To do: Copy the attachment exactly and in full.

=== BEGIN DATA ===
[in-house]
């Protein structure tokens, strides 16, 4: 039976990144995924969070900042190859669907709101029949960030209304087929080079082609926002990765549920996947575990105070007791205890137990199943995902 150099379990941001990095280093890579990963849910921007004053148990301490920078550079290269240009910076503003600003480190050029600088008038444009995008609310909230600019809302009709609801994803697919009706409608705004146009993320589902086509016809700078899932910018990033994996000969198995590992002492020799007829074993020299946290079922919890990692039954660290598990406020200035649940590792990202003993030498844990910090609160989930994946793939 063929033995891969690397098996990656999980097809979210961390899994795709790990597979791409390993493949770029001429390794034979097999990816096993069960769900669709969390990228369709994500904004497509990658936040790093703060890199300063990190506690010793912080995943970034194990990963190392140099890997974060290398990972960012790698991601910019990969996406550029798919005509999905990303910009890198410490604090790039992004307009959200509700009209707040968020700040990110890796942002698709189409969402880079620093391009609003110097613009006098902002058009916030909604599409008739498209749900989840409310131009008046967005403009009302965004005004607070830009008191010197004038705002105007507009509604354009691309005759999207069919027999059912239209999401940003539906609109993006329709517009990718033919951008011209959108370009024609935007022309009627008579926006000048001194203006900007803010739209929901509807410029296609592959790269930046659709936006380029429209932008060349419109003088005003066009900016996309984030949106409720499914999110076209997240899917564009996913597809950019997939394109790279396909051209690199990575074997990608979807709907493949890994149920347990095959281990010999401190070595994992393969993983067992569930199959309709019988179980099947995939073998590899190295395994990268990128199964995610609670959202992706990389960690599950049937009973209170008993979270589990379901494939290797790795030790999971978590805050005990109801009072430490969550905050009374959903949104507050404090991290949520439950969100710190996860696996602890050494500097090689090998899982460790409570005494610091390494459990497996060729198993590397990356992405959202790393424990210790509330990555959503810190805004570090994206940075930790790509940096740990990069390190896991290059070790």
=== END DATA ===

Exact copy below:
[in-house]
């Protein structure tokens, strides 16, 4: 039976990144995924969070900042190859669907709101029949960030209304087929080079082609926002990765549920996947575990105070007791205890137990199943995902 150099379990941001990095280093890579990963849910921007004053148990301490920078550079290269240009910076503003600003480190050029600088008038444009995008609310909230600019809302009709609801994803697919009706409608705004146009993320589902086509016809700078899932910018990033994996000969198995590992002492020799007829074993020299946290079922919890990692039954660290598990406020200035649940590792990202003993030498844990910090609160989930994946793939 063929033995891969690397098996990656999980097809979210961390899994795709790990597979791409390993493949770029001429390794034979097999990816096993069960769900669709969390990228369709994500904004497509990658936040790093703060890199300063990190506690010793912080995943970034194990990963190392140099890997974060290398990972960012790698991601910019990969996406550029798919005509999905990303910009890198410490604090790039992004307009959200509700009209707040968020700040990110890796942002698709189409969402880079620093391009609003110097613009006098902002058009916030909604599409008739498209749900989840409310131009008046967005403009009302965004005004607070830009008191010197004038705002105007507009509604354009691309005759999207069919027999059912239209999401940003539906609109993006329709517009990718033919951008011209959108370009024609935007022309009627008579926006000048001194203006900007803010739209929901509807410029296609592959790269930046659709936006380029429209932008060349419109003088005003066009900016996309984030949106409720499914999110076209997240899917564009996913597809950019997939394109790279396909051209690199990575074997990608979807709907493949890994149920347990095959281990010999401190070595994992393969993983067992569930199959309709019988179980099947995939073998590899190295395994990268990128199964995610609670959202992706990389960690599950049937009973209170008993979270589990379901494939290797790795030790999971978590805050005990109801009072430490969550905050009374959903949104507050404090991290949520439950969100710190996860696996602890050494500097090689090998899982460790409570005494610091390494459990497996060729198993590397990356992405959202790393424990210790509330990555959503810190805004570090994206940075930790790509940096740990990069390190896991290059070790």